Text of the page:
Presumably urbanists get excited because West mentions Jane Jacobs and seems to endorse density and urban form. But a careful reading shows that the article itself never asserts West is claiming anything about density or urbanity in his equations, only city size. He also doesn’t explain why cities like Detroit stop growing while new ones like Atlanta spring up and many other things a casual observer can note about cities. Detroit didn’t suffer from any exhaustion of resources other than customers willing to buy its cars at a profitable price, for example.
Possibly his actual work contains more than this, but this weak article certainly doesn’t bring it to life. In short, I can’t figure out what all the excitement is about.
Innovative Roadway Design
The Reason Foundation published a paper called Innovative Roadway Design that has some suggestions even traditional urbanists might be interested in (not that they’ll like the whole thing, mind you):
People don’t like the look or feel of many of our big highways…This study argues that in too many American cities, despite much planning, we are planning highways poorly…Many of our highways have gotten too big, not because anyone wanted them to be that way, but because widening an existing highway was the simplest thing to do at each point—the line of least political resistance.
World and National Roundup
The Globe and Mail: A Tale of Two Torontos
Virginia Postrel: The Allure of Techno-Glamour
TNR/Brookings: Jobs jump off a cliff in the nation’s metro areas
WSJ: NJ Governor knew tunnel deal required repayment – Yes, Gov. Christie is now trying to welch on a contract he signed requiring New Jersey to repay the feds for federal funds already expended on the tunnel project he cancelled.
Michael Diamond: Is there a future for manufacturing in New Jersey?
Metropolis: Austin, Now What?
New Geography: Commissioner Leonard Steps Up Portland’s War on Fun
Blair Kamin/Chicago Tribune: Dubious design moves of 2010
The Dream of the 90’s Is Alive in Portland
Randal O’Toole’s blog pointed me at this hilarious video, which appears to have come from the Independent Film Channel cable network, called “The Dream of the 90’s Is Alive in Portland.” (If the video doesn’t display, click here).
Bicycle Parking in Copenhagen
Here’s another great video out of Copenhagen, this one about bike parking in that city. (If the video doesn’t display, click here).
Louisville’s Economic Future
The Courier-Journal did a major series looking back an an ambitious plan to boost the region’s economic fortunes that thus far has failed:
In 1997, a group of local business and civic leaders released a blueprint for Louisville’s economic prosperity in the 21stst century — imagining that by 2010, the area would have a fast-growing population and incomes soaring past the national average. It didn’t happen.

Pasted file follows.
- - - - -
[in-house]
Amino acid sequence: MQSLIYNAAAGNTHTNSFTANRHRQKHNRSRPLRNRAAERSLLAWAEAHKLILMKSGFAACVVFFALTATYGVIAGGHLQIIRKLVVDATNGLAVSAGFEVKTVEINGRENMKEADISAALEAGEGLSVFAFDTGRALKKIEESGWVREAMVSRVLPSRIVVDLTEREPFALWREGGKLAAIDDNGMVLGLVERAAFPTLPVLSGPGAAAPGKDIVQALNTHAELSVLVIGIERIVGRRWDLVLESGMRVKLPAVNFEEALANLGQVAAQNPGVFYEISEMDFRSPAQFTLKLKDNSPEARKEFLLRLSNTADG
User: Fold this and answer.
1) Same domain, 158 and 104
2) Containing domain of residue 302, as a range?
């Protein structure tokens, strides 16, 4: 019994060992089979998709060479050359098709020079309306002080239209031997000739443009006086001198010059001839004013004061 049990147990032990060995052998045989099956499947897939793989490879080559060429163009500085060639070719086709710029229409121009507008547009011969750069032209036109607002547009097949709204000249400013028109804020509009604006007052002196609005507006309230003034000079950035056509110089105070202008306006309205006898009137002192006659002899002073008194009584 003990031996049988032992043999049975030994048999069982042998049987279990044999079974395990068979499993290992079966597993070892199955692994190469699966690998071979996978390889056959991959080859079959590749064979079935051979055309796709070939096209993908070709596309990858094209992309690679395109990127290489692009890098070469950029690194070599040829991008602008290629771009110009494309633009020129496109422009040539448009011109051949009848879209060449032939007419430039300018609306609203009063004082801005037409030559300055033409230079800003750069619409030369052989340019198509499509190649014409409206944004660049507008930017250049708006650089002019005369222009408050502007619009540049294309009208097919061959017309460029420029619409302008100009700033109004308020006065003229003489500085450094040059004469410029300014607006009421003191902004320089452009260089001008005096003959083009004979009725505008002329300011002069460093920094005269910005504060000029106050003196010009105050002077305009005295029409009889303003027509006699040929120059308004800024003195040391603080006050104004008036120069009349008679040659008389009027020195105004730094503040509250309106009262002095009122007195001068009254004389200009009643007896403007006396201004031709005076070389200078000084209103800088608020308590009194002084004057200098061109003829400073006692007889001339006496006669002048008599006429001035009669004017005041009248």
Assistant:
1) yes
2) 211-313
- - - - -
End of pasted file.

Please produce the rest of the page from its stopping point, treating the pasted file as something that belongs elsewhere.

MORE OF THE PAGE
Instead, Louisville’s economy has declined — 24,600 jobs, or about 4 percent of the 13-county Louisville-Southern Indiana total, were lost between 2000 and 2009. That leaves Louisville near the bottom of 16 competing metro areas that vie for jobs, talented workers and investment
It’s a compelling, if gloomy read. Leaders identify, correctly in my view, educational attainment as the key issue, as Louisville’s college degree attainment is very low. One item that wasn’t stressed but I also believe plays a role is that the Louisville metro region is just a bit too small to have the heft it needs to really compete in the league it aspires to.
At the risk of going against everything I’ve said about focusing on attraction vs. retention, I do believe there are probably people Louisville is losing for no good reason. I grew up in Southern Indiana in the Louisville MSA. Out of my high school graduating class of 50, about 8-10 got college degrees. Of them, I live in Chicago, three more live in Indianapolis, and another lives in Kansas City. I believe we were the top five in GPA rank in our class. When I was in Indy, I was amazed at how many people I ran into from my tiny high school that lived there despite growing up right across the river from Louisville. This includes the girl I dated most of my senior year. I attribute this to Southern Indiana high schoolers going to Indiana state schools for tuition reasons, where they are more likely to be recruited by Indy employers than Louisville ones. I think there’s an opportunity for Louisville to pick up more Southern Indiana types coming out of school if it figured out how to better recruit at Indiana state schools. Just a piece of free advice.
Kaid Benfield put together a delightful collection of photos of transit systems decorated for Christmas. Here’s a sample: